I've had a really lazy day today. I got up at 11am and went to JRs, a bar, for a cooked breakfast, where I chatted to everyone who had been to the halloween party the night before. Half the boys still had black eyeliner and nail varnish on, which was amusing. After breakfast - consisting of weird mini sausages, french toast (which I don't like, so I gave it to my friend Jim) and the oddest looking hash browns I have ever seen - Nicky and I went home to do some cleaning and emailing with the plan of going to the cinema that afternoon. We met up at 3pm and got a taxi to Lotte Department Store. Lotte is a huge store that has 9 floors, with a cinema taking up the 7/8 floors. However, my one experience of going to Lotte had previously been in my first week, when I wanted to buy some summer clothes. I was followed around by hyper-efficient sales clerks the whole time and it freaked me out, so i haven't been back since. This time the sales clerks were not the problem, but the lifts were. Nicky is somewhat claustrophobic and this apparently not a problem for Koreans, as they crammed as many people as physically possible into the lift as we went up the 7 floors to the cinema.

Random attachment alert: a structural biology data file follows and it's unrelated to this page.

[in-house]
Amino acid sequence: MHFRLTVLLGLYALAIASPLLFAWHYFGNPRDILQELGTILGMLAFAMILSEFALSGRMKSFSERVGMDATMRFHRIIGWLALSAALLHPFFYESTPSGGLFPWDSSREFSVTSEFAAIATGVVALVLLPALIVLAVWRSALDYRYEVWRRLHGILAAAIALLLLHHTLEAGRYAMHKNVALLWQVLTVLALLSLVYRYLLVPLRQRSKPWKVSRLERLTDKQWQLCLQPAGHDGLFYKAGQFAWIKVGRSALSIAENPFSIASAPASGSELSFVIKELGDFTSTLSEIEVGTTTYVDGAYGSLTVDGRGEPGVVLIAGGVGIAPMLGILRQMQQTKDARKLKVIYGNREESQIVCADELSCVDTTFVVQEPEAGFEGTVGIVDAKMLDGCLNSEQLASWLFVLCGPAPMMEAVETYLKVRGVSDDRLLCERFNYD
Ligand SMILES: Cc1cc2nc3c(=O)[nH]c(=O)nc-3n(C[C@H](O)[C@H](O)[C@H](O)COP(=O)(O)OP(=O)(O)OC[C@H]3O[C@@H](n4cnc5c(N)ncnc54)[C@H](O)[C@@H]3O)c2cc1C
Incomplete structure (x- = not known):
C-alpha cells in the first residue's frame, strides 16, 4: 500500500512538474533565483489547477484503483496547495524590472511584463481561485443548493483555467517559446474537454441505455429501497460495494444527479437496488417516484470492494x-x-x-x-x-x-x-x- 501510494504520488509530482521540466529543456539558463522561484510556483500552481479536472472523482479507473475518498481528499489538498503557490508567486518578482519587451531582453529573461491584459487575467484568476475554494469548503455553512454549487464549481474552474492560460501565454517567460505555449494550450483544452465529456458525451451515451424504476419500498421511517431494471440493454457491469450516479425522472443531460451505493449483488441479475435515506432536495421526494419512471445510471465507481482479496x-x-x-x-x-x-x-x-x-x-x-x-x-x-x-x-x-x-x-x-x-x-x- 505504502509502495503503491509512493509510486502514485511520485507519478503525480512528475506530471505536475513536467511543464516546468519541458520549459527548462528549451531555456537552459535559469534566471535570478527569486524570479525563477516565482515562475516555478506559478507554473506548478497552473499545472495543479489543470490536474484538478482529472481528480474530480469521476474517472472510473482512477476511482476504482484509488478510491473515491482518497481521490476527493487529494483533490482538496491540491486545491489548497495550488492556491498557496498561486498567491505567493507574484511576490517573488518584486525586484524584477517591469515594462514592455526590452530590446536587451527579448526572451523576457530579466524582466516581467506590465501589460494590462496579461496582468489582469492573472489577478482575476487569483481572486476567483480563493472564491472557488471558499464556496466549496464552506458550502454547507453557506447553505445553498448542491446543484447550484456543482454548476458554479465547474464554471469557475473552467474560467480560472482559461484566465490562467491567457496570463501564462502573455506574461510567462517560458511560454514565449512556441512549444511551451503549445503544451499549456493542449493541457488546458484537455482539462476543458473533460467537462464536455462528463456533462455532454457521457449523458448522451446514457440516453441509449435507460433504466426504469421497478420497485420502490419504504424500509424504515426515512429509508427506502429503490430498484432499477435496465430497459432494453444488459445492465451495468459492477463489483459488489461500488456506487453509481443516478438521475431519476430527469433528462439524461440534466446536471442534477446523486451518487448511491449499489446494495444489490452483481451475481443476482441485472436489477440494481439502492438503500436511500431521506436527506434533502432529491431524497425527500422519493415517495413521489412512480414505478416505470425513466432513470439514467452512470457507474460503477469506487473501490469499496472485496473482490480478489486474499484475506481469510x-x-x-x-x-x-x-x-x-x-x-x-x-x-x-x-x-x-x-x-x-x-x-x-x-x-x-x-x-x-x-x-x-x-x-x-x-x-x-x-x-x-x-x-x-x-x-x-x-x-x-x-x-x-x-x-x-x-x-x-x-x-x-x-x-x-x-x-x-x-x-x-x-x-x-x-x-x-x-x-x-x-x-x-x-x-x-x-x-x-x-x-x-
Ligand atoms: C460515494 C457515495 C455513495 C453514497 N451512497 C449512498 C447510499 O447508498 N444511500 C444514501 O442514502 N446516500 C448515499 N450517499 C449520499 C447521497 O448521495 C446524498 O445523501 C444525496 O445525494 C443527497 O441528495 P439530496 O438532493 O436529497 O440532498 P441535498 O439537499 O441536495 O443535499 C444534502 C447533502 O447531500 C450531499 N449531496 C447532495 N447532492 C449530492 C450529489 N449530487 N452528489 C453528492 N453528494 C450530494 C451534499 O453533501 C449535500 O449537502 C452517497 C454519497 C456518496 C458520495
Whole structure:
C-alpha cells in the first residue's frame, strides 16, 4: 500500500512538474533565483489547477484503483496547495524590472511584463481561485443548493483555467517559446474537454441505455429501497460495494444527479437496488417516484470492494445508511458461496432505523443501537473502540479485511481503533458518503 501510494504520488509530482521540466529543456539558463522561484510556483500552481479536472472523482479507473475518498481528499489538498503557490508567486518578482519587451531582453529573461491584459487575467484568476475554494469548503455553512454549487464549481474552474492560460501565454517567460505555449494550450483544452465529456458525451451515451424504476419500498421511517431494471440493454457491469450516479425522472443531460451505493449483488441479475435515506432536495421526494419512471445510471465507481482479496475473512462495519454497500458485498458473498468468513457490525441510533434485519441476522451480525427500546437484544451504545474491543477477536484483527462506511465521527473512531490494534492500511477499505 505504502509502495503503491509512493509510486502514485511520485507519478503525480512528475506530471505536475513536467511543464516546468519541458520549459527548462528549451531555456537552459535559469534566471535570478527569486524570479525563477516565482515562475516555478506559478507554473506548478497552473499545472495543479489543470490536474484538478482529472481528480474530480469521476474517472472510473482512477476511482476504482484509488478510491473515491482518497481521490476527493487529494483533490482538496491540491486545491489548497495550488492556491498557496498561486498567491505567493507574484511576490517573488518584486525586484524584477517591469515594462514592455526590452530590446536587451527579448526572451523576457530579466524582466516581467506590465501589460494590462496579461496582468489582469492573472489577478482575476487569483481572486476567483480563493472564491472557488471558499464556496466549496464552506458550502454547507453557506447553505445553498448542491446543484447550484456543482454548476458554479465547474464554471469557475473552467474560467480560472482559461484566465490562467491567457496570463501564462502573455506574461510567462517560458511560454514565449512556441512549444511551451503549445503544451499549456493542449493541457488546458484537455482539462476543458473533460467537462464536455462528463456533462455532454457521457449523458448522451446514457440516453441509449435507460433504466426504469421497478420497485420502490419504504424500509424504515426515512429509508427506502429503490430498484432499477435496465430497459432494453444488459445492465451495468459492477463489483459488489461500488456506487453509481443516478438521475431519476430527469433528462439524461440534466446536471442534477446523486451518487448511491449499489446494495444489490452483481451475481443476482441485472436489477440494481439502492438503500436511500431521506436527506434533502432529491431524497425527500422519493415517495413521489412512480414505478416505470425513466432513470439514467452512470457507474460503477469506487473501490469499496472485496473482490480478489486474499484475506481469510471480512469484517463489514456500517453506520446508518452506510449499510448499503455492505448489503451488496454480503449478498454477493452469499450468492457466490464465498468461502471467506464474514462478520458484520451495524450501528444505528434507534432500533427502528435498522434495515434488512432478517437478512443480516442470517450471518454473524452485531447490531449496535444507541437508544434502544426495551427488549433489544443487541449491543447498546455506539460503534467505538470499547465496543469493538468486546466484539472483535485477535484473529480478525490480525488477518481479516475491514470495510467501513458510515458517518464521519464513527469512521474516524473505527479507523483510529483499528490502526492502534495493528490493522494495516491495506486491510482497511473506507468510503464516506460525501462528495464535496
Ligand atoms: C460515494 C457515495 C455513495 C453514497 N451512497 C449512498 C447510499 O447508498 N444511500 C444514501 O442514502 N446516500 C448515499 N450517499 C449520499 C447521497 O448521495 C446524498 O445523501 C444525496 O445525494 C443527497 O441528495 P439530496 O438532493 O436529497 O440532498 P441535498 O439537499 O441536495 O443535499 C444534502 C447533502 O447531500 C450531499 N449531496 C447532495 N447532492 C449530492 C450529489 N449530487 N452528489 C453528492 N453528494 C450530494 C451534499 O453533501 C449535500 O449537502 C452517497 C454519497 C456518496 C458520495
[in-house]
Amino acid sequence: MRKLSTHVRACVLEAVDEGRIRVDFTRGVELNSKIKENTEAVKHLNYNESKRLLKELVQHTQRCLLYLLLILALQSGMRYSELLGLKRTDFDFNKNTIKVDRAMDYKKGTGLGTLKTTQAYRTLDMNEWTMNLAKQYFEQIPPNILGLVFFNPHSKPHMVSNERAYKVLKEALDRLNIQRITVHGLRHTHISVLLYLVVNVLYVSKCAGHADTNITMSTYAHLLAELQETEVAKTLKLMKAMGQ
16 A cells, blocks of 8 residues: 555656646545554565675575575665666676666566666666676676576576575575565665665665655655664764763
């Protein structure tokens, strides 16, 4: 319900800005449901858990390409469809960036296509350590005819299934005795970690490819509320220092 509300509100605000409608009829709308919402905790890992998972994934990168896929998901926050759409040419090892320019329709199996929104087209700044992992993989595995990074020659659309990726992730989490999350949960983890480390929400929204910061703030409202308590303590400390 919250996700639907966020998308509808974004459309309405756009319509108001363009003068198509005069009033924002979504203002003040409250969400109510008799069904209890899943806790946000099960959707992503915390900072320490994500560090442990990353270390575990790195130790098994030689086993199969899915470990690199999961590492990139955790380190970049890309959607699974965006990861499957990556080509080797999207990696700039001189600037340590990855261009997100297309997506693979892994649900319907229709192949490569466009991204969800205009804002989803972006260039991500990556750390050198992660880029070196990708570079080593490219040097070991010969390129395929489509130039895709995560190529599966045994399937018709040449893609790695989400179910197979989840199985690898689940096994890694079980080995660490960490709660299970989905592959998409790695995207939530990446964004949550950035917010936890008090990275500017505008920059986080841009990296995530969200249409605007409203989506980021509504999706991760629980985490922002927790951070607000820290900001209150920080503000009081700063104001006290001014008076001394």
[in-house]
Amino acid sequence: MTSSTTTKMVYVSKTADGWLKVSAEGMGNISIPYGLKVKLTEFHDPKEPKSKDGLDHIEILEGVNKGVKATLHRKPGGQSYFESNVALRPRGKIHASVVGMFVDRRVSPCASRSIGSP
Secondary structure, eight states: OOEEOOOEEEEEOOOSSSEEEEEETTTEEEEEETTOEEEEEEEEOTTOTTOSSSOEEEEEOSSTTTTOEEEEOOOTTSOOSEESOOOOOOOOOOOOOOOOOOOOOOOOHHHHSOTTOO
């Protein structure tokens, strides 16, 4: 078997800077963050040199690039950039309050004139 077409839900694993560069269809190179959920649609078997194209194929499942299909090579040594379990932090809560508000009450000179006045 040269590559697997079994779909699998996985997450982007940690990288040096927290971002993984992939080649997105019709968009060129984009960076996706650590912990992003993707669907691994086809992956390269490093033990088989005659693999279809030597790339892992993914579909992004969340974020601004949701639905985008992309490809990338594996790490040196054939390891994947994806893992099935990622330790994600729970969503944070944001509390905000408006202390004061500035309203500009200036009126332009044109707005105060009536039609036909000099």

We finally got to the top, only to find out that they were showing only 2 english films, DOA and The Devil Wears Prada, and neither were the film we'd been planning on seeing. So we picked another film, though neither were hugely appealing, and went to the counter, where it said our film was on at half four. But when we tried to buy tickets, we were told that it had in fact finished at 2pm. So we gave up on that and decided we would go for a coffee and then go to a dvdbang. However, it took us another 15 mins to get back to the ground floor because every lift was full.